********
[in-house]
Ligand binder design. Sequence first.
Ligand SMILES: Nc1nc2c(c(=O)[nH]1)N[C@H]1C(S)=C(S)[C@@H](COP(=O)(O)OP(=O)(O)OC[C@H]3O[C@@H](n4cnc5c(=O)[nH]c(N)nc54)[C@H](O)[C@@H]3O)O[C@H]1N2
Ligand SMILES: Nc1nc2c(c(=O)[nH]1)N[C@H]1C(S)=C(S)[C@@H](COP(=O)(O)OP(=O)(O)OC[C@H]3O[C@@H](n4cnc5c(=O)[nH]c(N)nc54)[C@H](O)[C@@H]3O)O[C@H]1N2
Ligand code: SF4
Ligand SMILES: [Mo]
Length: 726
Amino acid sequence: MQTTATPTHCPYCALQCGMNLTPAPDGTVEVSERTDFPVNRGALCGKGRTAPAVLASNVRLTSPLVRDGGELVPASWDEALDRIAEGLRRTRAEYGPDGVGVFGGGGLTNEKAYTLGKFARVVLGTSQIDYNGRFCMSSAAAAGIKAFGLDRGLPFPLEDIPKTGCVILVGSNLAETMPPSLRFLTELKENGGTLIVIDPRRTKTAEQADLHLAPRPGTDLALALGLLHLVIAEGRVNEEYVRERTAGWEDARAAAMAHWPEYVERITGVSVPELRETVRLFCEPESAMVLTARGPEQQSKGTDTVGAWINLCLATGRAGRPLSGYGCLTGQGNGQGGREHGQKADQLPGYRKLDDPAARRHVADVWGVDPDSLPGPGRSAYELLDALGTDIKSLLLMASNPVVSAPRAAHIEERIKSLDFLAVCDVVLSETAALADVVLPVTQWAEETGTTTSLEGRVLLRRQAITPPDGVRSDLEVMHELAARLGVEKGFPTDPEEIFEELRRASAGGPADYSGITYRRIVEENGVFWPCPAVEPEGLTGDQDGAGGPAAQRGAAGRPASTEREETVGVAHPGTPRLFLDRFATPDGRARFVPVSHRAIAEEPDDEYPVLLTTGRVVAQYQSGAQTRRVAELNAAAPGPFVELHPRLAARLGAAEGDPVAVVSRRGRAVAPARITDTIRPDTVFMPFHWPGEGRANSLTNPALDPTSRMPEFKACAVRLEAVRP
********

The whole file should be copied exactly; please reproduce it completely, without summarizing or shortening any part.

[in-house]
Ligand binder design. Sequence first.
Ligand SMILES: Nc1nc2c(c(=O)[nH]1)N[C@H]1C(S)=C(S)[C@@H](COP(=O)(O)OP(=O)(O)OC[C@H]3O[C@@H](n4cnc5c(=O)[nH]c(N)nc54)[C@H](O)[C@@H]3O)O[C@H]1N2
Ligand SMILES: Nc1nc2c(c(=O)[nH]1)N[C@H]1C(S)=C(S)[C@@H](COP(=O)(O)OP(=O)(O)OC[C@H]3O[C@@H](n4cnc5c(=O)[nH]c(N)nc54)[C@H](O)[C@@H]3O)O[C@H]1N2
Ligand code: SF4
Ligand SMILES: [Mo]
Length: 726
Amino acid sequence: MQTTATPTHCPYCALQCGMNLTPAPDGTVEVSERTDFPVNRGALCGKGRTAPAVLASNVRLTSPLVRDGGELVPASWDEALDRIAEGLRRTRAEYGPDGVGVFGGGGLTNEKAYTLGKFARVVLGTSQIDYNGRFCMSSAAAAGIKAFGLDRGLPFPLEDIPKTGCVILVGSNLAETMPPSLRFLTELKENGGTLIVIDPRRTKTAEQADLHLAPRPGTDLALALGLLHLVIAEGRVNEEYVRERTAGWEDARAAAMAHWPEYVERITGVSVPELRETVRLFCEPESAMVLTARGPEQQSKGTDTVGAWINLCLATGRAGRPLSGYGCLTGQGNGQGGREHGQKADQLPGYRKLDDPAARRHVADVWGVDPDSLPGPGRSAYELLDALGTDIKSLLLMASNPVVSAPRAAHIEERIKSLDFLAVCDVVLSETAALADVVLPVTQWAEETGTTTSLEGRVLLRRQAITPPDGVRSDLEVMHELAARLGVEKGFPTDPEEIFEELRRASAGGPADYSGITYRRIVEENGVFWPCPAVEPEGLTGDQDGAGGPAAQRGAAGRPASTEREETVGVAHPGTPRLFLDRFATPDGRARFVPVSHRAIAEEPDDEYPVLLTTGRVVAQYQSGAQTRRVAELNAAAPGPFVELHPRLAARLGAAEGDPVAVVSRRGRAVAPARITDTIRPDTVFMPFHWPGEGRANSLTNPALDPTSRMPEFKACAVRLEAVRP